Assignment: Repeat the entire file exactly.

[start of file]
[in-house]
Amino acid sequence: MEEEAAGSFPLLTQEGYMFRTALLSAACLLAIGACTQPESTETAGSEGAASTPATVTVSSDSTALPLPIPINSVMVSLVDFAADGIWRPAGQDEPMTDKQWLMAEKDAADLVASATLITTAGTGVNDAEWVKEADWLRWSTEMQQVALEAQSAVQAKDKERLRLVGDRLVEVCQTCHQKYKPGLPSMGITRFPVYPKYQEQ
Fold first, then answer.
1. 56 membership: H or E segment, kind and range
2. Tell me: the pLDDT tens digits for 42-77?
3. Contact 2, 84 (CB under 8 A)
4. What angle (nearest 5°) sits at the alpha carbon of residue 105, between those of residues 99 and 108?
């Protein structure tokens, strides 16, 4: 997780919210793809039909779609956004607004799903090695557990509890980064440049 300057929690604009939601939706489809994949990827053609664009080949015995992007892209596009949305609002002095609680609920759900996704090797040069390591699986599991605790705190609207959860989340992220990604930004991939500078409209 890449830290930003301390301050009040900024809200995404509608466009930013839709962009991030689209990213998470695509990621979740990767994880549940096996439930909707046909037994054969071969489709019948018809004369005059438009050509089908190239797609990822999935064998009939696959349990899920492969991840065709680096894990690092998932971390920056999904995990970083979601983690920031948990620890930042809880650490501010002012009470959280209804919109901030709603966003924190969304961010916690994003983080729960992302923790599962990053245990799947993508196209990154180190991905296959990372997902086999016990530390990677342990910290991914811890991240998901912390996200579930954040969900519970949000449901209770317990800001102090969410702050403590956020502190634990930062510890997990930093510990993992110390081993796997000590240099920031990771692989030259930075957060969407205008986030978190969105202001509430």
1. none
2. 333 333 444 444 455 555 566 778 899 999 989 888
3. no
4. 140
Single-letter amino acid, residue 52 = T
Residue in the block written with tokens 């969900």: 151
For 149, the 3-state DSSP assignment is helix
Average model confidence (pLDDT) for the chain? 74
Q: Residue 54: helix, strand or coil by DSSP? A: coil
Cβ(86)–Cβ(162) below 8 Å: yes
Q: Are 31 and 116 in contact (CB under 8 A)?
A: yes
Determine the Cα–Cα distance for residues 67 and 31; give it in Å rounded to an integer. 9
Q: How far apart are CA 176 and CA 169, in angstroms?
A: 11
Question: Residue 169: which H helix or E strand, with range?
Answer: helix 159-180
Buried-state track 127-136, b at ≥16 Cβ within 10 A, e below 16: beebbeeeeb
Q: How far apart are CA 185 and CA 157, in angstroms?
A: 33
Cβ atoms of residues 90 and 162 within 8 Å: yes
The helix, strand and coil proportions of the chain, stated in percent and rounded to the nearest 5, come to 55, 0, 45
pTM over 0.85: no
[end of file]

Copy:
[in-house]
Amino acid sequence: MEEEAAGSFPLLTQEGYMFRTALLSAACLLAIGACTQPESTETAGSEGAASTPATVTVSSDSTALPLPIPINSVMVSLVDFAADGIWRPAGQDEPMTDKQWLMAEKDAADLVASATLITTAGTGVNDAEWVKEADWLRWSTEMQQVALEAQSAVQAKDKERLRLVGDRLVEVCQTCHQKYKPGLPSMGITRFPVYPKYQEQ
Fold first, then answer.
1. 56 membership: H or E segment, kind and range
2. Tell me: the pLDDT tens digits for 42-77?
3. Contact 2, 84 (CB under 8 A)
4. What angle (nearest 5°) sits at the alpha carbon of residue 105, between those of residues 99 and 108?
């Protein structure tokens, strides 16, 4: 997780919210793809039909779609956004607004799903090695557990509890980064440049 300057929690604009939601939706489809994949990827053609664009080949015995992007892209596009949305609002002095609680609920759900996704090797040069390591699986599991605790705190609207959860989340992220990604930004991939500078409209 890449830290930003301390301050009040900024809200995404509608466009930013839709962009991030689209990213998470695509990621979740990767994880549940096996439930909707046909037994054969071969489709019948018809004369005059438009050509089908190239797609990822999935064998009939696959349990899920492969991840065709680096894990690092998932971390920056999904995990970083979601983690920031948990620890930042809880650490501010002012009470959280209804919109901030709603966003924190969304961010916690994003983080729960992302923790599962990053245990799947993508196209990154180190991905296959990372997902086999016990530390990677342990910290991914811890991240998901912390996200579930954040969900519970949000449901209770317990800001102090969410702050403590956020502190634990930062510890997990930093510990993992110390081993796997000590240099920031990771692989030259930075957060969407205008986030978190969105202001509430």
1. none
2. 333 333 444 444 455 555 566 778 899 999 989 888
3. no
4. 140
Single-letter amino acid, residue 52 = T
Residue in the block written with tokens 């969900």: 151
For 149, the 3-state DSSP assignment is helix
Average model confidence (pLDDT) for the chain? 74
Q: Residue 54: helix, strand or coil by DSSP? A: coil
Cβ(86)–Cβ(162) below 8 Å: yes
Q: Are 31 and 116 in contact (CB under 8 A)?
A: yes
Determine the Cα–Cα distance for residues 67 and 31; give it in Å rounded to an integer. 9
Q: How far apart are CA 176 and CA 169, in angstroms?
A: 11
Question: Residue 169: which H helix or E strand, with range?
Answer: helix 159-180
Buried-state track 127-136, b at ≥16 Cβ within 10 A, e below 16: beebbeeeeb
Q: How far apart are CA 185 and CA 157, in angstroms?
A: 33
Cβ atoms of residues 90 and 162 within 8 Å: yes
The helix, strand and coil proportions of the chain, stated in percent and rounded to the nearest 5, come to 55, 0, 45
pTM over 0.85: no